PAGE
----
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Rain, Bears, and Ramen Soup

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This is Dark Cloud on Wednesday, August 19, 2009.

One of the things I hate about college students coming back to Boulder is not restricted to the fact that lovely young women smile at me with concern as they hold open doors, or that young men automatically refer to me as 'sir,' even though that does bug me no end. It's that the days are suddenly filled with sirens, wailing away as they converge upon some yahoo's rented room when he burned his Ramen miso soup and set off the smoke detectors, or that airheads-in-training somehow set their entire apartment building afire by means of gasoline encouraged charcoal or by the inferno of candles in the bedroom. There seems to be more this year, judging from my current foul mood, upon which I base all reality. I'm in ill temper and paranoid. More so, rather.

Since I spent the first part of the summer ill and inside, I'm getting crabby about the increase of cloudy days in Boulder cutting down my returned ability to walk all over. I recall no summer like this one for rainy days. On the upside, were green as can be, and the air, once the sun warms it, is like a dose of speed, it feels so good. But it also feels strange, and not a little upsetting. And, as I say, I'm paranoid. And irritable.

There's nothing quite debatable about climate change, generally discussed under global warming, and I suspect a theory I heard a few years back may be playing out. It was an article on the WEB, I think, and it was postulating how a warming atmosphere might affect specific spots in our state. I cannot find it at present, but you can trust me, right? Hey, before I forget, can you cash this check?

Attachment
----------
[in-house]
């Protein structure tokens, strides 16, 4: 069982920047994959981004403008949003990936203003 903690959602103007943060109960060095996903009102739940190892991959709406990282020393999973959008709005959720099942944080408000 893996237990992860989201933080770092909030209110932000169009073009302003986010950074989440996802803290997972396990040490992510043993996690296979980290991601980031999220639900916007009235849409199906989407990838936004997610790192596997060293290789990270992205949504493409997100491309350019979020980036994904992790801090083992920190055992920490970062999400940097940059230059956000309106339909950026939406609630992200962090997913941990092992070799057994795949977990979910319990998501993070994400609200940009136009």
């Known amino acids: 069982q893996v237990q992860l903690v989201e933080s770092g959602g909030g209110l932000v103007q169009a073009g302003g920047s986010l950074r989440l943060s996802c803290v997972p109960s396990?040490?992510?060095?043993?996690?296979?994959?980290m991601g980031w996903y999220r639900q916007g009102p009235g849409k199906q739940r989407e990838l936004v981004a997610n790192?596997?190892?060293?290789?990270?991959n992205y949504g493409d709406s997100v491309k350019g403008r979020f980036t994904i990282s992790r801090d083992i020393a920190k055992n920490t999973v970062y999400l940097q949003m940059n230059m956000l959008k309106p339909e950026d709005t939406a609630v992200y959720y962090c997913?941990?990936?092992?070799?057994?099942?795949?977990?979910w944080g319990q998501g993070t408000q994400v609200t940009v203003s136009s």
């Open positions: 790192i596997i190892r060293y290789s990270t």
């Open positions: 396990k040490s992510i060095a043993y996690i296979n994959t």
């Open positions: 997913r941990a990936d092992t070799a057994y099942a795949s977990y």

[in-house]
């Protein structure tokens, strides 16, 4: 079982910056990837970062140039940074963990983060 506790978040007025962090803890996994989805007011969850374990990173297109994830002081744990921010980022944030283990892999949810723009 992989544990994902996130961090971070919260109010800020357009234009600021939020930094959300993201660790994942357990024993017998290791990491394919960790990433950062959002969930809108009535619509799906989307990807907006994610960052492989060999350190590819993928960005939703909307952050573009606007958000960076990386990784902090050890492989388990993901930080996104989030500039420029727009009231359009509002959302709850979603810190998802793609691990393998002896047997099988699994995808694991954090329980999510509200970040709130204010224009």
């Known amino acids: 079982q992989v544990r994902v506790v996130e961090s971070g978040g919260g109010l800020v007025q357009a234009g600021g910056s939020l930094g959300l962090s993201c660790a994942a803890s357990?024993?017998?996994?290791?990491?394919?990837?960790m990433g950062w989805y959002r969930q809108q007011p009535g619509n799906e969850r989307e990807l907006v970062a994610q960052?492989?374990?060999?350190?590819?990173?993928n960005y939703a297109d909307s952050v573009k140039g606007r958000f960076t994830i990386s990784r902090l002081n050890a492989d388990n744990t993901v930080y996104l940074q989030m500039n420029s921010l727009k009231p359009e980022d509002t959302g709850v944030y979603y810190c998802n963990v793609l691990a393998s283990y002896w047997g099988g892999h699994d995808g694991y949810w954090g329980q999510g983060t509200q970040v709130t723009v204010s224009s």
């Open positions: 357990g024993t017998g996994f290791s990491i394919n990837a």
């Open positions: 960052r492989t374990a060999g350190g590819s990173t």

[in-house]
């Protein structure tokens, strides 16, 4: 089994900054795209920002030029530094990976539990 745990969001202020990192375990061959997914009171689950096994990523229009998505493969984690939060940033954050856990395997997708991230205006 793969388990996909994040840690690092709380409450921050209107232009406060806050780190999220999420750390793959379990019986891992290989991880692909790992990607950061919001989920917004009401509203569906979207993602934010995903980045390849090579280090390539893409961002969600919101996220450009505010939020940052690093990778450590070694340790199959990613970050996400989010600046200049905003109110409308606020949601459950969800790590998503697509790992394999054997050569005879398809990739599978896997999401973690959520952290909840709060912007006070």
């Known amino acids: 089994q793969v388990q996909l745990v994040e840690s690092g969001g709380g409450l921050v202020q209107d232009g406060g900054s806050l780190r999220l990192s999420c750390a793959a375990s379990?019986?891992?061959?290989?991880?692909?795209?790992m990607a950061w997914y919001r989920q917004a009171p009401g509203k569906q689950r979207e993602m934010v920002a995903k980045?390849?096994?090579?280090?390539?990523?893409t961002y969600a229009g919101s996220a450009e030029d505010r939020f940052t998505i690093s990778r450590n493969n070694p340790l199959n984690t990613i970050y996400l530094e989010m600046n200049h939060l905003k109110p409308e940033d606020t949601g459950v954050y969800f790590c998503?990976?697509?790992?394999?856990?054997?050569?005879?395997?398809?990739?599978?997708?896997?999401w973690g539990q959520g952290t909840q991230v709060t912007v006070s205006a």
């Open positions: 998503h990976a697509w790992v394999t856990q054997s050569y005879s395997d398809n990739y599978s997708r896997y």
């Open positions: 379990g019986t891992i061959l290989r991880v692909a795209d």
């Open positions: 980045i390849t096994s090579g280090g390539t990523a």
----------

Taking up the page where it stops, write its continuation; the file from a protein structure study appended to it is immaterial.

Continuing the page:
The Banana Belt of Colorado, which is the Boulder area, famous for its mild winters that quickly melt the few blizzards of note we get, is going to leave the category of High Desert with only 12 of moisture in snow and rain a year, into a new high rain forest category. I suspect we're well past the 12 level already, but we might be looking at twice as much for a normal year for the rest of our lives. While there would still be years of drought, overall this theory says that because of the change in jet stream courses and increased world wide atmospheric humidity, we're going to be more like Seattle than Phoenix. But, the rainy season or monsoon, as it's called, will be starting late December through middle of summer. This change would find different presentations around Colorado, and would mandate serious schedule changes for ski areas as well, for those not scheduled to dry up completely. Skiing into July, having started in January, as if the seasons moved forward two months.

Although I see no official verification anywhere, the Great Plains which start about fifteen feet from my door - seem to be getting more vicious tornado and thunderstorm activity than I recall as well. I've never seen a tornado, a deprivation I cherish, and I wonder if this is a short term cycle increase of dangerous weather or farmers are going to have to adjust to a Spring and Fall growing season as opposed to planting and harvest.

While we resonate today with the horror of bears in the middle of the night entering a house and attacking the owner, as just happened in Aspen last week to a woman who did not encourage the visit, we might want to wonder if animals, sensing the change, are altering their normal habits. In Boulder, we have mountain lions and bears in the city proper in increasing numbers each year, assuring the inevitable small child mauling in the fenced family yard in our future. If the snows stay heavy late in the year, animals normally feeding up in mountain meadows head down, and the carnivores follow, and they discover human garbage cans and open windows and unlocked doors. Once down and fed, the trek back upland seems unnecessarily exhausting, and so they may stay through the winter. Or nearby, anyway. Wouldn't that be fun?

Of course, I'm just paranoid, and people smarter than I - yes, there are some - suggest climate change isn't quite that fast and animals are unlikely to be that quick to adapt and in any case it's simply a matter of increased population of both our species and theirs to which we owe the violent encounters of late. So maybe, it's mathematically possible, I'm wrong to believe that article.

Its probably just because I smell Ramen soup going south in my apartment hallway.